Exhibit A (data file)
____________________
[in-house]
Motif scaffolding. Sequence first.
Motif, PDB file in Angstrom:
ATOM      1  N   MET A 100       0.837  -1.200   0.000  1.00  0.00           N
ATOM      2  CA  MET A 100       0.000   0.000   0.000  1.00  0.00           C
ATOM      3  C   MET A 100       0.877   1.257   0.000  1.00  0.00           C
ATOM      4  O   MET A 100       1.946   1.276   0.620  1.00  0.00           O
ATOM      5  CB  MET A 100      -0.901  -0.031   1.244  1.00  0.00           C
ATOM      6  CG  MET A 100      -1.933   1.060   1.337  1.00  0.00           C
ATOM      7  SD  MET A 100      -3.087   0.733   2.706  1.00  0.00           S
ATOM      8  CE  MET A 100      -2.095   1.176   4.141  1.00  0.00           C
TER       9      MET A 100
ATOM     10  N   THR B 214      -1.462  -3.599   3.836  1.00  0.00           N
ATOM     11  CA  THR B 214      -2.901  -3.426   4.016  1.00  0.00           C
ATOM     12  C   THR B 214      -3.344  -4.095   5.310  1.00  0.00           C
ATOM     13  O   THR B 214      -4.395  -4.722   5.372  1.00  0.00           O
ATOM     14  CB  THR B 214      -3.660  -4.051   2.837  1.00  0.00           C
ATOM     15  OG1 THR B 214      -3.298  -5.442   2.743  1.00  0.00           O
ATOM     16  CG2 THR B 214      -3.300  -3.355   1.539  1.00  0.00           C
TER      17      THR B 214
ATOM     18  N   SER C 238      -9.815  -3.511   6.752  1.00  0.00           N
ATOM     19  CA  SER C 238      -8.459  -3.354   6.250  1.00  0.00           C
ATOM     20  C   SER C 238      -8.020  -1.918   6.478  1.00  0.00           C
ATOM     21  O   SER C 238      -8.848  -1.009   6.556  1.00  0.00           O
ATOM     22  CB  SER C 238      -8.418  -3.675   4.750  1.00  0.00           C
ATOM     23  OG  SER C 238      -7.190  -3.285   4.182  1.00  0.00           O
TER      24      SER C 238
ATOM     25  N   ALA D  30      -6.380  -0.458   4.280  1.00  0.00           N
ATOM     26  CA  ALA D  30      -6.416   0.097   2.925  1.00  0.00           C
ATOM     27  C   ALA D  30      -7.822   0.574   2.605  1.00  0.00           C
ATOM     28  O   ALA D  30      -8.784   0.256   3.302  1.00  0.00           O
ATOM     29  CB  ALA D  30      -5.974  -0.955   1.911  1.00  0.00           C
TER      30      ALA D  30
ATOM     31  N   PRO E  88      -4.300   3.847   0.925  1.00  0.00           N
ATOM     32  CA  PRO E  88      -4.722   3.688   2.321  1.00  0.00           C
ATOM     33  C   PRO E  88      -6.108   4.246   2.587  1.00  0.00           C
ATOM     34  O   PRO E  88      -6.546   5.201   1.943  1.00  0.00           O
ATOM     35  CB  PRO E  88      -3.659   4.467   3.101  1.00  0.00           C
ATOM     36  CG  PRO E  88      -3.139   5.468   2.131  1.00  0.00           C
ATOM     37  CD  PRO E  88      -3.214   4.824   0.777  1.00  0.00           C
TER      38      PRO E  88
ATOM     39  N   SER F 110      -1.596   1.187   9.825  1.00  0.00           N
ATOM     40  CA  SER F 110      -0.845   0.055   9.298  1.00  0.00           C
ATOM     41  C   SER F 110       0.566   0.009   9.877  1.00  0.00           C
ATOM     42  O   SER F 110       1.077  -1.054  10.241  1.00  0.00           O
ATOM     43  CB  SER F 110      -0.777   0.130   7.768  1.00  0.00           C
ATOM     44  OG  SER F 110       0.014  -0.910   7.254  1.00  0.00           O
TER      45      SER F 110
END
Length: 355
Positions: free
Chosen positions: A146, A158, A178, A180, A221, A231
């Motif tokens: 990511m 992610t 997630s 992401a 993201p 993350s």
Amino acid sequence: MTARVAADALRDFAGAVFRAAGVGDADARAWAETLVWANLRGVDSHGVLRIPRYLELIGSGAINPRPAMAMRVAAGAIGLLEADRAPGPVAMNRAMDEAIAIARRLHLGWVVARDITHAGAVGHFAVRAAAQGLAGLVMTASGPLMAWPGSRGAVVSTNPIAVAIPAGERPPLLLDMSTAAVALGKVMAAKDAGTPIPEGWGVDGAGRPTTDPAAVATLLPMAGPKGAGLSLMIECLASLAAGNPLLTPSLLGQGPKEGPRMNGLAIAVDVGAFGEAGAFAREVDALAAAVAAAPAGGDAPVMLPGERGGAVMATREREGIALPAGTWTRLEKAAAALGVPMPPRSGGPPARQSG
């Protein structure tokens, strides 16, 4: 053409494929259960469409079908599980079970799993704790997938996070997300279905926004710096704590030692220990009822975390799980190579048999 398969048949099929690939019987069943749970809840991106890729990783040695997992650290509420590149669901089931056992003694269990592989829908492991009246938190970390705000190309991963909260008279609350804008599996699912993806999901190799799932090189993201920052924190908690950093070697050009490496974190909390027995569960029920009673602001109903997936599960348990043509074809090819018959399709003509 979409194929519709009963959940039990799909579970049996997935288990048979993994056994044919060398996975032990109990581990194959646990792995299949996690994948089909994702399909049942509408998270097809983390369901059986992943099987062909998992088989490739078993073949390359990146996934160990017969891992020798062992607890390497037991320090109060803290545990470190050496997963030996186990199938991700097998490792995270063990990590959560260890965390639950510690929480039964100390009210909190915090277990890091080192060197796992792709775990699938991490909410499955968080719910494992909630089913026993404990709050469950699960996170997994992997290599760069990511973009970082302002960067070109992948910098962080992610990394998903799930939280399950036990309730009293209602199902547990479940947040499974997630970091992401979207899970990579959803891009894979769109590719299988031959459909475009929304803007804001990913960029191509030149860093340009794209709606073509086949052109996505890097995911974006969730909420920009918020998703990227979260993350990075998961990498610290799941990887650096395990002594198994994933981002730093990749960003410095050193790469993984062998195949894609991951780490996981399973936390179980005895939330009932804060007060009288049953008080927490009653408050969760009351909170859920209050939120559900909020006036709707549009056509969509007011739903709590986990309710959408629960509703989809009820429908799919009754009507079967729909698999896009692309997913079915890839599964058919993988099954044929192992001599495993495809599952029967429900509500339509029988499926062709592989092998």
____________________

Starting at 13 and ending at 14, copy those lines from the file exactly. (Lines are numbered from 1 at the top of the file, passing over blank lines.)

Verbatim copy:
ATOM     10  N   THR B 214      -1.462  -3.599   3.836  1.00  0.00           N
ATOM     11  CA  THR B 214      -2.901  -3.426   4.016  1.00  0.00           C